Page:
PACBI Press Release--Boycotting Israeli Apartheid Back on the Agenda
For Immediate Release
The Palestinian Campaign for the Academic and Cultural Boycott of Israel (PACBI) salutes the historic decision by the University and College Union (UCU) Congress today to support motions that endorse the logic of academic boycott against Israel, in response to the complicity of the Israeli academy in perpetuating Israelís illegal military occupation and apartheid system.
Academic boycott has been advocated in the past as an effective tool in resisting injustice. In the 1920s, Mahatma Gandhi called for boycotting British-run academic institutions, to increase Indian self-reliance and also to protest the role of those institutions in maintaining British colonial domination over India. In the 1950s, the African National Congress (ANC) called for a comprehensive boycott of the entire South African academy, as a means to further isolate the apartheid regime. To their credit, British academics were among the very first to adopt the latter boycott. Moral consistency makes it imperative to hold Israel to the same standards. More...
In solidarity with Palestinians
An international, non-violent movement supporting divestment, sanctions and boycott of Israel is gathering strength. While progress has been made in Northern Ireland and South Africa, Israel continues to settle and occupy Palestinian land in defiance of international law.
The question for British academics is whether they should join this international movement, and refuse to do business as usual with Israeli academic institutions. At stake is not the boycott of individual Israelis, nor their subjection to some political test, but the withdrawal of institutional collaboration with Israeli universities. The boycott implies the refusal to participate in conferences or research sponsored by Israeli authorities or universities; withdrawal from institutional level cooperation; opposition to the award of grants by the EU to Israeli institutions, and refusal to serve as referees for publications based at Israeli universities. More...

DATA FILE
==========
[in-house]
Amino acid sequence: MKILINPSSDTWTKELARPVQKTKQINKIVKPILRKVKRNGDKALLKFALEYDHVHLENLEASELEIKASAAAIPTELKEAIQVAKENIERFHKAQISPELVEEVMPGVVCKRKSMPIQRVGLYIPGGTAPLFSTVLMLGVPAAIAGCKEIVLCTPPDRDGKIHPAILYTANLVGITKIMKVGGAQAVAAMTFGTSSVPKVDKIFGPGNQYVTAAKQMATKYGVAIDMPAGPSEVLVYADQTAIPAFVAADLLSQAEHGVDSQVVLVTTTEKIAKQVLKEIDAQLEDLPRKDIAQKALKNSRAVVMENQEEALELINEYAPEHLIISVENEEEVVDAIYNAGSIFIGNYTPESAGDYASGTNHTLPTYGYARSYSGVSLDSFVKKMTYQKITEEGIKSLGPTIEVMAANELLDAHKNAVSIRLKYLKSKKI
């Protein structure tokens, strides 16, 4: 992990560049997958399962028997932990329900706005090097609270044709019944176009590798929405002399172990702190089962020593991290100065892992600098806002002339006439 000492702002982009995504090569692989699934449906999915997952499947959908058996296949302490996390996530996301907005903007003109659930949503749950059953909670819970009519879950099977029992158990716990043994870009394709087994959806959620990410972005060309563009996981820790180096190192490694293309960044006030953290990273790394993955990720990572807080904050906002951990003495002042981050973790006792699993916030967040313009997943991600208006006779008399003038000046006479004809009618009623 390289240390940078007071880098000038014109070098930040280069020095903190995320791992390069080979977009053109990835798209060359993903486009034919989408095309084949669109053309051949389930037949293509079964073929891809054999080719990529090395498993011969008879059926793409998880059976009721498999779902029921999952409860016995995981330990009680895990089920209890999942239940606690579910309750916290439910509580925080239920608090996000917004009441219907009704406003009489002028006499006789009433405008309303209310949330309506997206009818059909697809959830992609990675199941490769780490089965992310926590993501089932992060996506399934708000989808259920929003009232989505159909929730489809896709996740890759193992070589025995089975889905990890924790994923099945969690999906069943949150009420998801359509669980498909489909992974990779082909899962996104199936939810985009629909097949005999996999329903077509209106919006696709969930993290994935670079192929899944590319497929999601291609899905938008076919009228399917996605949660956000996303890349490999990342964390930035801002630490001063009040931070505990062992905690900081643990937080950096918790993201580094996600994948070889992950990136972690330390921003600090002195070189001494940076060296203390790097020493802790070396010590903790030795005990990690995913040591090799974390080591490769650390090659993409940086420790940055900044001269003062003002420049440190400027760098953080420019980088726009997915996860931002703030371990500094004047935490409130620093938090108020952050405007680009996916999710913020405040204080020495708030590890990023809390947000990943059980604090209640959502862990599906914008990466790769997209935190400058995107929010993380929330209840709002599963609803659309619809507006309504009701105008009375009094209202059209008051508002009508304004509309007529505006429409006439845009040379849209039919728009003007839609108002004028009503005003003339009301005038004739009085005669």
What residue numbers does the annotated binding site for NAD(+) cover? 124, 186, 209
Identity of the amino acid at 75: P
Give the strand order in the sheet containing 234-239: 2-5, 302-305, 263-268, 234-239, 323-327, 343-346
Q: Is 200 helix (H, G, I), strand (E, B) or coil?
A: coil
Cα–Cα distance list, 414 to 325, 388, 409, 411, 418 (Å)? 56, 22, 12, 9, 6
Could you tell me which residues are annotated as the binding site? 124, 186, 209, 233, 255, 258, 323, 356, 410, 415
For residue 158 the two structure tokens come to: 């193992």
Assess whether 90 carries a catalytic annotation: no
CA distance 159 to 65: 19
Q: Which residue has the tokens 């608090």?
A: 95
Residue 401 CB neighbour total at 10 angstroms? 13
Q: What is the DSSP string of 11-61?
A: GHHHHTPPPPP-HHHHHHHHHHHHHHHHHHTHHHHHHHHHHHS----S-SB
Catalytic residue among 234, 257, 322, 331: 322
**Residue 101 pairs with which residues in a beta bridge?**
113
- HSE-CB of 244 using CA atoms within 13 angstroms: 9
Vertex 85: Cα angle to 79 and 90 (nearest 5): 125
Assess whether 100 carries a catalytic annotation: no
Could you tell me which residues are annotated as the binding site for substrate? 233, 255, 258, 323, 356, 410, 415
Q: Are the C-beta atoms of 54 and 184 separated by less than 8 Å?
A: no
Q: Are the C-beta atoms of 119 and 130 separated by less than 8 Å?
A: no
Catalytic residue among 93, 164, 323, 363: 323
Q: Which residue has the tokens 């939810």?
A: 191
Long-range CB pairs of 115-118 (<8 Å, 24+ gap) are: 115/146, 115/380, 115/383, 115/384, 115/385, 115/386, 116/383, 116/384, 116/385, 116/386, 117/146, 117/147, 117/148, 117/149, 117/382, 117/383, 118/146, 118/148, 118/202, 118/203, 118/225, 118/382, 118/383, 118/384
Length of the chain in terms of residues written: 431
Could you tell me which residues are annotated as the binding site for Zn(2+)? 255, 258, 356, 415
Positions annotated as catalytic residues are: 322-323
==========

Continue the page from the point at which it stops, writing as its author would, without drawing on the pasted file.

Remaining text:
British Professors Approve Israel Boycott
Britainís largest teachers union voted this week to press forward with a proposal to boycott Israeli academic institutions, setting the stage for a bitter struggle to reverse the decision.
The University and College Union, representing more than 120,000 college-level educators, voted May 30 to pass a motion imploring its branches to circulate and discuss a Palestinian call for boycott of Israeli academics and universities.
At the same time, a professor in America was painting himself as the victim of an Israeli universityís own version of political blackballing. More...
Israeli boycott divides academics
Academics are being urged to reject calls from colleagues for a boycott of Israeli academic institutions.
The University and Colleges Union is debating a motion that academics should consider the "moral implications" of links with Israeli universities.
The proposal condemns Israel for its "denial of educational rights" for Palestinians, citing invasions, curfews, checkpoints and arrests. More...